[The following excerpt is from a piece by C. S. Lewis entitled ‘Religion: Reality or Substitute?’ It was written some time during the Second World War.]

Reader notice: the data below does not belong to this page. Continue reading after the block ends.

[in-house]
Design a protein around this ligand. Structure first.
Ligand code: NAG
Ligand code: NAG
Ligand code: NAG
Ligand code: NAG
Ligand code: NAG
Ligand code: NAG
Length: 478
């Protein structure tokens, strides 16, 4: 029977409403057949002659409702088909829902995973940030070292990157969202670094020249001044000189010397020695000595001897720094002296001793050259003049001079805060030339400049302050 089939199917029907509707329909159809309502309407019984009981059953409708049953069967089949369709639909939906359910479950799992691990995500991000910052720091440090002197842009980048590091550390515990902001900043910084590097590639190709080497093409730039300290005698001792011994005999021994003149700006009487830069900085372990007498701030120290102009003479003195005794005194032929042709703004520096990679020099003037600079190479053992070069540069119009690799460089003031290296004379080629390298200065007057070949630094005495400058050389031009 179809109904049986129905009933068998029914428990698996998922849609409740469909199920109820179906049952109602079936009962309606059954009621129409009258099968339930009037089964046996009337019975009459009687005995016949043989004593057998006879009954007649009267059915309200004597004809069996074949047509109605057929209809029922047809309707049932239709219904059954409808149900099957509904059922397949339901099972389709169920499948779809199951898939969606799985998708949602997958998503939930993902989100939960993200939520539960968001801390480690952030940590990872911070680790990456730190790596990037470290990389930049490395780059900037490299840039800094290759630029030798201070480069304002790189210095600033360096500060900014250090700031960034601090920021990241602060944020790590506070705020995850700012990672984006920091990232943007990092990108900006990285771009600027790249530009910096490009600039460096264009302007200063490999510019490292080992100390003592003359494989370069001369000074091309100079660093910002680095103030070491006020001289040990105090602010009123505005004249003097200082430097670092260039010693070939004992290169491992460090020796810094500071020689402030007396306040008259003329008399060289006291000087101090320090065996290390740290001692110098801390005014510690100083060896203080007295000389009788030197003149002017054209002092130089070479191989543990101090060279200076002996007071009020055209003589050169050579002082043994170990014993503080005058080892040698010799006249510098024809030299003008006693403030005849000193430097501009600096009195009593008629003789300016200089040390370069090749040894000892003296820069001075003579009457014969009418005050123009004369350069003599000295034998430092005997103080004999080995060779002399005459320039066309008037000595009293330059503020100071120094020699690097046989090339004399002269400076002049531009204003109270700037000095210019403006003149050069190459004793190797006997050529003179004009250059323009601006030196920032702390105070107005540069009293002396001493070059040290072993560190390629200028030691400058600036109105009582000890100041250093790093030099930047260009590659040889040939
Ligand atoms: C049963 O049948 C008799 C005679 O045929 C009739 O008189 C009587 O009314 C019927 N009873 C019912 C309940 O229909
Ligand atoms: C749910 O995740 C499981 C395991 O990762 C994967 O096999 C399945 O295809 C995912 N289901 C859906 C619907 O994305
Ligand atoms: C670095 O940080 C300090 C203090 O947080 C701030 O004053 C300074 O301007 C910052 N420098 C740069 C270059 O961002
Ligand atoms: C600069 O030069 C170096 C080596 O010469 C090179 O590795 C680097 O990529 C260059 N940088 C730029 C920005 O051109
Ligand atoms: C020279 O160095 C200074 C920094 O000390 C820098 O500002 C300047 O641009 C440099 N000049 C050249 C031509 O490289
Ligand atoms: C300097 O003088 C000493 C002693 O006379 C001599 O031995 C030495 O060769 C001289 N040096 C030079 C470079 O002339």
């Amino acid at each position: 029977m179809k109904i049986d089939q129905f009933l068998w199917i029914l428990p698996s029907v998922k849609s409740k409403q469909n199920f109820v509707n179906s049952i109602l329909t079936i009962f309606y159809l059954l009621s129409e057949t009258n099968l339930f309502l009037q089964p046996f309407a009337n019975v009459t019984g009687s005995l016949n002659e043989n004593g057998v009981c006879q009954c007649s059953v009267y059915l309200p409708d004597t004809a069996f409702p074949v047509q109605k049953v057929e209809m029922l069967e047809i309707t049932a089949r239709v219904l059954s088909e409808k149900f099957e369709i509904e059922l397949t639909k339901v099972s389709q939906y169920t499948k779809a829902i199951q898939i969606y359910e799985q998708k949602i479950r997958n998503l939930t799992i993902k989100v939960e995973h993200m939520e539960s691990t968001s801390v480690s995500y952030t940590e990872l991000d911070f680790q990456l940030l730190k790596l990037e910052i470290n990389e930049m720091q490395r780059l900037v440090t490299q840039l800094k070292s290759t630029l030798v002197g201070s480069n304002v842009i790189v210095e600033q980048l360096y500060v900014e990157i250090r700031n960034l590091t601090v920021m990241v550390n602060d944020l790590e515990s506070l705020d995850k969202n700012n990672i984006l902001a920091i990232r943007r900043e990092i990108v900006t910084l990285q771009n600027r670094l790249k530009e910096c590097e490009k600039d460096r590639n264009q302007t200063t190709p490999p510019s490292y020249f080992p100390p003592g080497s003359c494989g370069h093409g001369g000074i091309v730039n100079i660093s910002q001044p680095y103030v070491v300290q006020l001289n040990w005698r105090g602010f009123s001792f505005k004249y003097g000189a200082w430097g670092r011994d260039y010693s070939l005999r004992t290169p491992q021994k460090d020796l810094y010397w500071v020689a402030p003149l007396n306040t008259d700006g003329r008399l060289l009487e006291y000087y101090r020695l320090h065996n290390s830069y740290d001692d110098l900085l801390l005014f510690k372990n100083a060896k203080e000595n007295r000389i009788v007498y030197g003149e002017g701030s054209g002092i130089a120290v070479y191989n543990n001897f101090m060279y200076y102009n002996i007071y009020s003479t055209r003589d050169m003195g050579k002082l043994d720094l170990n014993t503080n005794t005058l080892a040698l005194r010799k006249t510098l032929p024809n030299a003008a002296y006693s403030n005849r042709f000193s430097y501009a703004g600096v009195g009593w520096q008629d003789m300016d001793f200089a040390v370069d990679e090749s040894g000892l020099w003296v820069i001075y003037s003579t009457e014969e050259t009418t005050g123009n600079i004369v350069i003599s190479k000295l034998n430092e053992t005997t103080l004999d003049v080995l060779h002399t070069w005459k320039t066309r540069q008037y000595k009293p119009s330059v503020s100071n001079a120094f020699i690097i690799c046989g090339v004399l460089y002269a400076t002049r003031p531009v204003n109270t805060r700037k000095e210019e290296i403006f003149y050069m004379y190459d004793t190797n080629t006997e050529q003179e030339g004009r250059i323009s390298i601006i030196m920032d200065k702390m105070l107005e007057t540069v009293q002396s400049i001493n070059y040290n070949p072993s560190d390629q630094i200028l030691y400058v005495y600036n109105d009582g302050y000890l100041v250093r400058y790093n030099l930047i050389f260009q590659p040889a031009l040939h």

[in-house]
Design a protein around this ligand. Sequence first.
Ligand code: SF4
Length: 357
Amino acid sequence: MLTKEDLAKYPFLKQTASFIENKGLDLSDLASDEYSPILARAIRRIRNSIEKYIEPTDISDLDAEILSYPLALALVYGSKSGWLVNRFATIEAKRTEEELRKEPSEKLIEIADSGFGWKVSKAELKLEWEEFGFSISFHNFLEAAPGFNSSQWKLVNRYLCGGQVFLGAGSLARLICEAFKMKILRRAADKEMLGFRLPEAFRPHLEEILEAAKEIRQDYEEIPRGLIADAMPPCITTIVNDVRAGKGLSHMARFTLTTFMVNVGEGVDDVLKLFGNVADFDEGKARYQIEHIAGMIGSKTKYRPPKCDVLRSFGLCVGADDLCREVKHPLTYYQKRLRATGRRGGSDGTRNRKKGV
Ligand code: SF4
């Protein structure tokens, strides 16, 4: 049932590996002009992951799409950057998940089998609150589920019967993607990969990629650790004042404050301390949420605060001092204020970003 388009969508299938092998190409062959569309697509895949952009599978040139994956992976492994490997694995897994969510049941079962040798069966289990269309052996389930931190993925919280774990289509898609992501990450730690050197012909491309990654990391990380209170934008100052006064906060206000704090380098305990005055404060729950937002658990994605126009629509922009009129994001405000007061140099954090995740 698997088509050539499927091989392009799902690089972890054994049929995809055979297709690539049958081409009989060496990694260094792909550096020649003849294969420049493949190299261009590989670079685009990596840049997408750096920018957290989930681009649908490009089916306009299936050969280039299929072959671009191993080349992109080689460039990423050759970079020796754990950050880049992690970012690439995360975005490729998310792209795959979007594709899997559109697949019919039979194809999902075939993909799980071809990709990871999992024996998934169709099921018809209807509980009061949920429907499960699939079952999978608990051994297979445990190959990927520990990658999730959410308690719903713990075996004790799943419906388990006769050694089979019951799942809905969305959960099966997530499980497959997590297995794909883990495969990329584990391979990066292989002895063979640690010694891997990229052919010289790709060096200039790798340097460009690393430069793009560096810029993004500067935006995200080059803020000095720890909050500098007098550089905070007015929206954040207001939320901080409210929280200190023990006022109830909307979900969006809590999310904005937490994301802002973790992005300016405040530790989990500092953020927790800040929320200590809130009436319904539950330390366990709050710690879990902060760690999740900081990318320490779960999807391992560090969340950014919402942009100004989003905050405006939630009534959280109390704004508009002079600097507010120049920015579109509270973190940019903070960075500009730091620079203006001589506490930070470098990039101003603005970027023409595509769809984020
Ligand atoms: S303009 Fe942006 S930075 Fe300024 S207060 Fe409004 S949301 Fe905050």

Authority, reason, experience; on these three, mixed in varying proportions all our knowledge depends. The authority of many wise men in many different times and places forbids me to regard the spiritual world as an illusion. My reason, showing me the apparently insoluble difficulties of materialism and proving that the hypothesis of a spiritual world covers far more of the facts with far fewer assumptions, forbids me again. My experience even of such feeble attempts as I have made to live the spiritual life does not lead to the results which the pursuit of an illusion ordinarily leads to, and therefore forbids me yet again. I am not now saying that no one’s reason and no one’s experience produce different results. I am only trying to put the whole problem the right way round, to make it clear that the value given to the testimony of any feeling must depend on our whole philosophy, not our whole philosophy on a feeling. If those who deny the spiritual world prove their case on general grounds, then, indeed, it will follow that our apparently spiritual experiences must be an illusion; but equally, if we are right, it will follow that they are the prime reality and that our natural experiences are a second best. And let us note that whichever view we embrace, mere feeling will continue to assault our conviction. Just as the Christian has his moments when the clamour of this visible and audible world is so persistent and the whisper of the spiritual world so faint that faith and reason can hardly stick to their guns, so, as I well remember, the atheist too has his moments of shuddering misgiving, of an all but irresistible suspicion that old tales may after all be true, that something or someone from outside may at any moment break into his neat, explicable, mechanical universe. Believe in God and you will have to face hours when it seems obvious that this material world is the only reality; disbelieve in Him and you must face hours when this material world seems to shout at you that it is not all. No conviction, religious or irreligious, will, of itself, end once and for all this fifth-columnist in the soul. Only the practice of Faith resulting in the habit of Faith will gradually do that.
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